My daughter once jokingly staked claim to my stereo system upon my eventual death, just on the off-chance that my wife outlived me and my last will & testament wasn't crystal clear in the divvying up of loot. Don't judge. We like our humor dark in this family. At any rate, it's a moot point, because as soon as I showed her all of the pieces-parts that she was asking for--the amps, the power cables, the speaker cables, etc.--she changed her tune. "Too much hassle. Too much fuss."
If she comes for a visit while I still have SVS's Prime Wireless Speaker System in my possession, though, I have a sneaking suspicion that she might change her tune right back.
In short, the Prime Wireless Speaker System is everything that she imagines a good stereo setup should be: self-contained, simple, customizable and expandable but not laboriously so, with much better stereo performance than any one-chassis streaming speaker I've ever heard. In other words, if we want to hook future generations on hi-fi, this is the way to do it. Which isn't to say that massive amps and tower speakers and DACs and preamps and such don't have their place. Of course, they do. That's my bread and butter, and likely yours, too, if you're reading this. But as Andrew Robinson put it in his recent review of the Kanto YU6, "the future of audio and video is wireless."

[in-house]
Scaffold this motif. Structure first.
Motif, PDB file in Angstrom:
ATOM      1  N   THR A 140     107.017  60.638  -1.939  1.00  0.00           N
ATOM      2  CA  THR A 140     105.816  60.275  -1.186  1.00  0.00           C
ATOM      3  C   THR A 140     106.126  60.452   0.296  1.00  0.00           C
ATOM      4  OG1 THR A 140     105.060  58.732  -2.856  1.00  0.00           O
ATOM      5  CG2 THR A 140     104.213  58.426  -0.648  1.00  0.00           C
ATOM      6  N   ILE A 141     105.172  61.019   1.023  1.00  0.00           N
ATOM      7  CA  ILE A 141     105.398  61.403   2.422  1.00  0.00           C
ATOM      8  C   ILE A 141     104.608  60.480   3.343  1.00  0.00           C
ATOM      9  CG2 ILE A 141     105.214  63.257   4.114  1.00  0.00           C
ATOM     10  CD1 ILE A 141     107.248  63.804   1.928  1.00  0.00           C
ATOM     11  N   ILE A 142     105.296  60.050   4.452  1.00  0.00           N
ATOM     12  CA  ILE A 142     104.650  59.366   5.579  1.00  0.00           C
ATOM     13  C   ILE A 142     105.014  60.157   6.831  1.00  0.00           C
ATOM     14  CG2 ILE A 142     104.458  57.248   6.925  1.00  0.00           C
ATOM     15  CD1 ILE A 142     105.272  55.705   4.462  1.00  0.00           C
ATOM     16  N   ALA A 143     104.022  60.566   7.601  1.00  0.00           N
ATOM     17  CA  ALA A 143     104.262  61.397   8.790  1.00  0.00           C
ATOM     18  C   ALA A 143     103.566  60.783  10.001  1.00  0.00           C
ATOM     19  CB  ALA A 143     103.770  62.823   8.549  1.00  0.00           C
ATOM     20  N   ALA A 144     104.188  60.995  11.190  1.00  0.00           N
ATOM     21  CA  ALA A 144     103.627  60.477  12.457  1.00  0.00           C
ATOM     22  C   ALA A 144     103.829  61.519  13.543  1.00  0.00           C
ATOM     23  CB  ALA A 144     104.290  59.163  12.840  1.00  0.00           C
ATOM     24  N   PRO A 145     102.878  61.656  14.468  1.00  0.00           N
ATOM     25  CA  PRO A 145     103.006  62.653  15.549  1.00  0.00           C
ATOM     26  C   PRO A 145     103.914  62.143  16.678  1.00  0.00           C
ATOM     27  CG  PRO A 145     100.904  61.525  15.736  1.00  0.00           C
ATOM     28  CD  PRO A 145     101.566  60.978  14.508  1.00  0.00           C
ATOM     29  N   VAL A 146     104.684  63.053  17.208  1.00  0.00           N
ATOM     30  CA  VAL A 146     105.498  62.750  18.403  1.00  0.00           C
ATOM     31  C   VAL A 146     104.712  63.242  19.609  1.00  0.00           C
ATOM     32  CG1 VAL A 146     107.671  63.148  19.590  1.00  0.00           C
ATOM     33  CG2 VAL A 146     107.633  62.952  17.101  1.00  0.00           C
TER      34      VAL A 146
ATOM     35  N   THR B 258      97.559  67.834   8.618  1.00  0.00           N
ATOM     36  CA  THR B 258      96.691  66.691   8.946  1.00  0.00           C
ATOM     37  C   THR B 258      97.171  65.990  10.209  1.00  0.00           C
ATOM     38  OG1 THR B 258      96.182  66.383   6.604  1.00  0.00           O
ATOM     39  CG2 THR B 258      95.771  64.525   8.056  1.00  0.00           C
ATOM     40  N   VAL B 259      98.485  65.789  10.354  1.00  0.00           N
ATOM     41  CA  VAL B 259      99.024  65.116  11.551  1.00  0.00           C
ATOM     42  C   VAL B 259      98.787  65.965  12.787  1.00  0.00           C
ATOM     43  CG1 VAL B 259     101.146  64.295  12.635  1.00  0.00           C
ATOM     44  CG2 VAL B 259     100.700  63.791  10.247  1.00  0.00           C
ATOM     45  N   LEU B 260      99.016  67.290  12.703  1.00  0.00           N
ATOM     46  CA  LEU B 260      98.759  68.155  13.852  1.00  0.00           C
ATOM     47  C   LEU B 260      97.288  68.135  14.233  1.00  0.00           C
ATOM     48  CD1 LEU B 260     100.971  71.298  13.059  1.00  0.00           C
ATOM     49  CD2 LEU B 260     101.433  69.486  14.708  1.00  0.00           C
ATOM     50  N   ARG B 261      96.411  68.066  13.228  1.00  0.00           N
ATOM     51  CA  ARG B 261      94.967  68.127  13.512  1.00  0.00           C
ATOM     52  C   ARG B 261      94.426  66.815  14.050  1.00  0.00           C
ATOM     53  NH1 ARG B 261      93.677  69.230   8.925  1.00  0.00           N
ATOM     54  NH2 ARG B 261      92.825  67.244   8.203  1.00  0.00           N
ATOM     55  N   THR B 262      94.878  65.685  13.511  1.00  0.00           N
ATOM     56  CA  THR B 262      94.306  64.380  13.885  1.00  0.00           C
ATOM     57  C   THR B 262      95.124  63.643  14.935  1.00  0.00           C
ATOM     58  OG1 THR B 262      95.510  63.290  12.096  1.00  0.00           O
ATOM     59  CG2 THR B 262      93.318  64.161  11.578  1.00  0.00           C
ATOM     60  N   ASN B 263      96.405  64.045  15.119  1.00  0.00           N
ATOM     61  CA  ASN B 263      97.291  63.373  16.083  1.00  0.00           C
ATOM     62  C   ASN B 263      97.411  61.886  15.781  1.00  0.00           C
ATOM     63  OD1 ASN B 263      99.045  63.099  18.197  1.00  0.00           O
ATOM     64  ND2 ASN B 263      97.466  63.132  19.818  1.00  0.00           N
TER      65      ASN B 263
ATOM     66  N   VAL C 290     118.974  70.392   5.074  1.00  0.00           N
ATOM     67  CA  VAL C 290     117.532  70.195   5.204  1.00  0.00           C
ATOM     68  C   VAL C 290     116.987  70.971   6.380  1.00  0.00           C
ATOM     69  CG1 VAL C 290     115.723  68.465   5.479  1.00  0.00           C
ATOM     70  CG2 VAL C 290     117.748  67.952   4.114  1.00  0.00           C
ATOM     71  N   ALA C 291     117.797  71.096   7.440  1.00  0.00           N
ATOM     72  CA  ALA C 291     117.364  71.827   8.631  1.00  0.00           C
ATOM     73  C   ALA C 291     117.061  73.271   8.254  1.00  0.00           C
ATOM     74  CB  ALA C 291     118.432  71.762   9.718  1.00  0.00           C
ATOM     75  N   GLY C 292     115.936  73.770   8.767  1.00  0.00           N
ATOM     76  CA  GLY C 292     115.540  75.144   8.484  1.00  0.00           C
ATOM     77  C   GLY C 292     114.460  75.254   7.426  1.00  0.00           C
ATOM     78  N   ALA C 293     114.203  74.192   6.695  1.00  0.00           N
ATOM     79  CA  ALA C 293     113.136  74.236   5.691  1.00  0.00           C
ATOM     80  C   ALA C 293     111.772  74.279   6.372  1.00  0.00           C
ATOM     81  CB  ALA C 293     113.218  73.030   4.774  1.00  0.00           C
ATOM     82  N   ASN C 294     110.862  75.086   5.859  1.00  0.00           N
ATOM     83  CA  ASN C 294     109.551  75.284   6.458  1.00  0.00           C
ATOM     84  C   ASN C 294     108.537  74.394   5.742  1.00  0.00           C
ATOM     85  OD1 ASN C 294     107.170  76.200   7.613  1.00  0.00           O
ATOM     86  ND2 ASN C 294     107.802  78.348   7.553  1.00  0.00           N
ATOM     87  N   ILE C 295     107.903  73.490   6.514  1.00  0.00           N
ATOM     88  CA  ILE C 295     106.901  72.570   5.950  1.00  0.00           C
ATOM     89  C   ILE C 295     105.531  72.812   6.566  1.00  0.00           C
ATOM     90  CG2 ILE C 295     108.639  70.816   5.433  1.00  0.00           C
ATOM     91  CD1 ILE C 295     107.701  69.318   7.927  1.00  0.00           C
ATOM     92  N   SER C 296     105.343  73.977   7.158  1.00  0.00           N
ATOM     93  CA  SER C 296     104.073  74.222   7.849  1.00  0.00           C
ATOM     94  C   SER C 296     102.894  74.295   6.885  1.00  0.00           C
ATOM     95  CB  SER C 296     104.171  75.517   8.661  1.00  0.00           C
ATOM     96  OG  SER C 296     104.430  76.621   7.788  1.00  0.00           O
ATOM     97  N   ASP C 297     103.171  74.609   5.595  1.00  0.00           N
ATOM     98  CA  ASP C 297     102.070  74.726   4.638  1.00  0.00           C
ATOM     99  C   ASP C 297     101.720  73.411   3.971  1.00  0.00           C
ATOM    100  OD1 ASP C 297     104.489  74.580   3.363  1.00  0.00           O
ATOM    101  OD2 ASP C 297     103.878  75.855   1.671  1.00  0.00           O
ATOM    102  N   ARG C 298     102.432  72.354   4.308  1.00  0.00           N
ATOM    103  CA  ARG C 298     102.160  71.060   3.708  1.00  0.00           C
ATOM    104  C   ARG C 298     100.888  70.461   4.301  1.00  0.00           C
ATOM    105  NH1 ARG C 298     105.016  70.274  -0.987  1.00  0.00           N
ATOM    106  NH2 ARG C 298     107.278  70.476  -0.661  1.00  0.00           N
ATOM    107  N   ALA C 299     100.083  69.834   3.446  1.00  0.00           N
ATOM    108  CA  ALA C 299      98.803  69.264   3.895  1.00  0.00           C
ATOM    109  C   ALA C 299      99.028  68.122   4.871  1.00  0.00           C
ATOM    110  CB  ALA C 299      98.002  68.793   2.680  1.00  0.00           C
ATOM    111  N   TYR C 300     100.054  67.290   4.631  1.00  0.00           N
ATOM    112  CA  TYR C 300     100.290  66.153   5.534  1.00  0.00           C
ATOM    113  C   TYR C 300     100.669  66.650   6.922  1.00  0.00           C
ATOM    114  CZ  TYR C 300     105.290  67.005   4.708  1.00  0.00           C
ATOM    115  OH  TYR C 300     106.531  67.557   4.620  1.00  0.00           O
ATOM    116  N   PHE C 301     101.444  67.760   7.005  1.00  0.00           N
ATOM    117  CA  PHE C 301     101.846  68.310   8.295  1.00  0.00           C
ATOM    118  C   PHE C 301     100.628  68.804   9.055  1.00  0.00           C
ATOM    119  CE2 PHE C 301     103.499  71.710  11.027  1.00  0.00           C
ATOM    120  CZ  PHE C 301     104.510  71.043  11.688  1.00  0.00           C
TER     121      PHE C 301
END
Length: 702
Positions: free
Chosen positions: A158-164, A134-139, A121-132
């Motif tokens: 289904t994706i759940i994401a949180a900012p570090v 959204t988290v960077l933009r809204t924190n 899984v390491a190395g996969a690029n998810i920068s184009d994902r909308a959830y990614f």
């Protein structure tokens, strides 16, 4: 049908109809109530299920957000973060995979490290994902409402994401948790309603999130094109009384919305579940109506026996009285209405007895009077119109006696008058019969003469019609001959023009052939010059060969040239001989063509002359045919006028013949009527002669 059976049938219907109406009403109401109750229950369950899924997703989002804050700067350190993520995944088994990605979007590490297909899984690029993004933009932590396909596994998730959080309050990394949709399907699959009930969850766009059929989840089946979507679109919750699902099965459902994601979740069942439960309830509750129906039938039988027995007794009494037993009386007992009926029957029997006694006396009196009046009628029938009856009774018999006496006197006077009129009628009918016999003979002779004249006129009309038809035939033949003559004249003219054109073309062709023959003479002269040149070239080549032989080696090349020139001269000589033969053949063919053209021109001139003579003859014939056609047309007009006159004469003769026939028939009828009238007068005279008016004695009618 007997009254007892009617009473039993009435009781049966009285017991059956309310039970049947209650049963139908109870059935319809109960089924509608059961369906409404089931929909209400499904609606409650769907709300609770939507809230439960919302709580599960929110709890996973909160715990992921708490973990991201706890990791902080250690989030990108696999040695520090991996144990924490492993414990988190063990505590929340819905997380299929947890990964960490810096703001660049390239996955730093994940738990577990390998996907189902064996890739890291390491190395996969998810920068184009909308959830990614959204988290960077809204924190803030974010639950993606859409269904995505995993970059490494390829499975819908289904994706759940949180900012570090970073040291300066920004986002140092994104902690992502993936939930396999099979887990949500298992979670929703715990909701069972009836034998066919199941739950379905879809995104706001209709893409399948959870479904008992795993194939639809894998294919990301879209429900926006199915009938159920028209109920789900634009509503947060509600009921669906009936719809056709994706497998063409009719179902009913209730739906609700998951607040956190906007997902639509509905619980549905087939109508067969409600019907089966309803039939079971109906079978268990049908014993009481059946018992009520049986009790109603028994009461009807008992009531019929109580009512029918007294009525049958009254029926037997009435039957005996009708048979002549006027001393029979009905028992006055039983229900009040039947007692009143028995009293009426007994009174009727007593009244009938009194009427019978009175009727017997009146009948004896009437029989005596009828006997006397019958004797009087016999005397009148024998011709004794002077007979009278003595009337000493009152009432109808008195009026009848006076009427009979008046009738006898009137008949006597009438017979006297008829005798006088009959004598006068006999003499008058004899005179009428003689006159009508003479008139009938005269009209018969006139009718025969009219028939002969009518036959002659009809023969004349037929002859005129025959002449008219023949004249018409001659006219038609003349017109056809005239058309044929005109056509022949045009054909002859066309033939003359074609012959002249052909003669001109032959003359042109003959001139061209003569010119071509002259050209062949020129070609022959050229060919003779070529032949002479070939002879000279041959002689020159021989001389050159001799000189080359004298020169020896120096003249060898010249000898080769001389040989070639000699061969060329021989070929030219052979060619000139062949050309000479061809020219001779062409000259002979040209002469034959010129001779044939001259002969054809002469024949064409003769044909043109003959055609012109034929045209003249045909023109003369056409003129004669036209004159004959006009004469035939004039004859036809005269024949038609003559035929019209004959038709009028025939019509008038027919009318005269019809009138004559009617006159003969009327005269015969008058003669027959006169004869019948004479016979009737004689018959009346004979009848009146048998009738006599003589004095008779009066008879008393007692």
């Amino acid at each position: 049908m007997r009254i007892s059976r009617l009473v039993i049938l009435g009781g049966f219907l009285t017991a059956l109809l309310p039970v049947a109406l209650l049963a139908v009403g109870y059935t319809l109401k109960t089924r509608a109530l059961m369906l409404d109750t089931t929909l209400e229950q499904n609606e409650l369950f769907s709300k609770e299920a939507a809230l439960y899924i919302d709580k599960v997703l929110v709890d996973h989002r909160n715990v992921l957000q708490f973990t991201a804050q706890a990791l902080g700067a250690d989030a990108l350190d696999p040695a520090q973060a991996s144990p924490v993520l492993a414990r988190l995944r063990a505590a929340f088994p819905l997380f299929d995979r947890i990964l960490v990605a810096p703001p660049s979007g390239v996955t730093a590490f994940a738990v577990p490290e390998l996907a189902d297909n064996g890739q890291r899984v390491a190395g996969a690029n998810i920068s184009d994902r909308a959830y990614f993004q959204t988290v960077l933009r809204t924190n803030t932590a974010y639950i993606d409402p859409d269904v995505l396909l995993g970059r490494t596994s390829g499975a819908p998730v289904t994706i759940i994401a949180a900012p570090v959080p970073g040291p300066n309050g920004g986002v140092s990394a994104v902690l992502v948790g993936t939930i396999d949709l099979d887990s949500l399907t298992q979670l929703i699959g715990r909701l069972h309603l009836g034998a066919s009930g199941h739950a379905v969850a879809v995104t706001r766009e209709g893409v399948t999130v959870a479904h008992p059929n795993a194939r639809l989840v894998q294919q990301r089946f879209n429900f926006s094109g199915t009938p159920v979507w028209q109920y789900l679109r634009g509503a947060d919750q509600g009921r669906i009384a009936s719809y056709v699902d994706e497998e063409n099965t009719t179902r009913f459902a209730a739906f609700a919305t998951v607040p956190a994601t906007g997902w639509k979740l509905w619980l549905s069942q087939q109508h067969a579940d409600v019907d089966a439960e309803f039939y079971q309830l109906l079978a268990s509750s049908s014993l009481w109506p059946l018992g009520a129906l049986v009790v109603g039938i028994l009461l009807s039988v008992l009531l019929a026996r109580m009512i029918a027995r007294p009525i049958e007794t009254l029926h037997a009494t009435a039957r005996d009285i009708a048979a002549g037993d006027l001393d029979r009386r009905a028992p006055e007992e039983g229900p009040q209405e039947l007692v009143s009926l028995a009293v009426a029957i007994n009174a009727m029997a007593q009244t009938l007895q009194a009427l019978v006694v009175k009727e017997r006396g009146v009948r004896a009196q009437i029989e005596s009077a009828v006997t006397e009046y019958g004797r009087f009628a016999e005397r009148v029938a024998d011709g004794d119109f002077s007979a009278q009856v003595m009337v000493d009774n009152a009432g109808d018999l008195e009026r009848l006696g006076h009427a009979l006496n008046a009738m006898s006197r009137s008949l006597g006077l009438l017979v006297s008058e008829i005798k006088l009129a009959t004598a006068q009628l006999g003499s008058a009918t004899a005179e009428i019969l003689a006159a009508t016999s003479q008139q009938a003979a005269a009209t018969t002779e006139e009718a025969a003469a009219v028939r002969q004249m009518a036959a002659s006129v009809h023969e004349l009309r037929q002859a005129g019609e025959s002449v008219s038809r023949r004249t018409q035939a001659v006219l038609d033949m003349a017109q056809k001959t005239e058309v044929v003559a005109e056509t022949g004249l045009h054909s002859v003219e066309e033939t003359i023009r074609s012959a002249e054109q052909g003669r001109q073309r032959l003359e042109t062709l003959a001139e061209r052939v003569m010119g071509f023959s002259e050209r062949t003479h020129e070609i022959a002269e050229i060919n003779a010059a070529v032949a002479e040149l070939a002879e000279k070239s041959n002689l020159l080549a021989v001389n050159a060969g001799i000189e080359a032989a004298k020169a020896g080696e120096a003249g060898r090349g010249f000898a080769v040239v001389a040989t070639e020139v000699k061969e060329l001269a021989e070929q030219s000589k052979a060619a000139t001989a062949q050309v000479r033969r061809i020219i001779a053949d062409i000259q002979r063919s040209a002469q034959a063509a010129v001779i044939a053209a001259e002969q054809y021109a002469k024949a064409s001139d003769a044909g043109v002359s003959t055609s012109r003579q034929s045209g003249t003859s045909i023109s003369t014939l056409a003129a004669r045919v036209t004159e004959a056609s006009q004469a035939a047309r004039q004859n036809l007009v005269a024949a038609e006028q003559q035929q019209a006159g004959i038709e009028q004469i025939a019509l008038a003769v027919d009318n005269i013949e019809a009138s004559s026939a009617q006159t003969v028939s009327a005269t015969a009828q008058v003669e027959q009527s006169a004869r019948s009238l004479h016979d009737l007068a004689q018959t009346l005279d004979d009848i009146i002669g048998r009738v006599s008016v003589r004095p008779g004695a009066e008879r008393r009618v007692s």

But enough with the philosophizing. Let's talk about the Prime Wireless Speaker System on its own terms. What we have here is a $599.99 two-speaker wireless system available in your choice of piano gloss black or piano gloss white. If you're familiar with SVS's non-powered Prime lineup, you'll certain recognize the aesthetics of this newer system. Its components parts--the powered right-channel speaker with all of the systems inputs, outputs, and amplification; and the passive left-channel speaker--boast the same aesthetic as the company's Prime Bookshelf Speaker and Prime Satellite Speaker, although in terms of height, width, and depth (10.24 by 6.1 by 7 inches), its cabinets falls pretty squarely between those two offerings. The right speaker also sets itself apart with its weight (9.5 pounds, versus 8.75 pounds for the passive left speaker), as well as its LED display and pair of small knobs, which play multiple roles. The left knob serves as the source selection and preset control (an important and distinctive feature we'll dig into shortly), whereas the right logically handles loudness control, as well as play/pause functionality.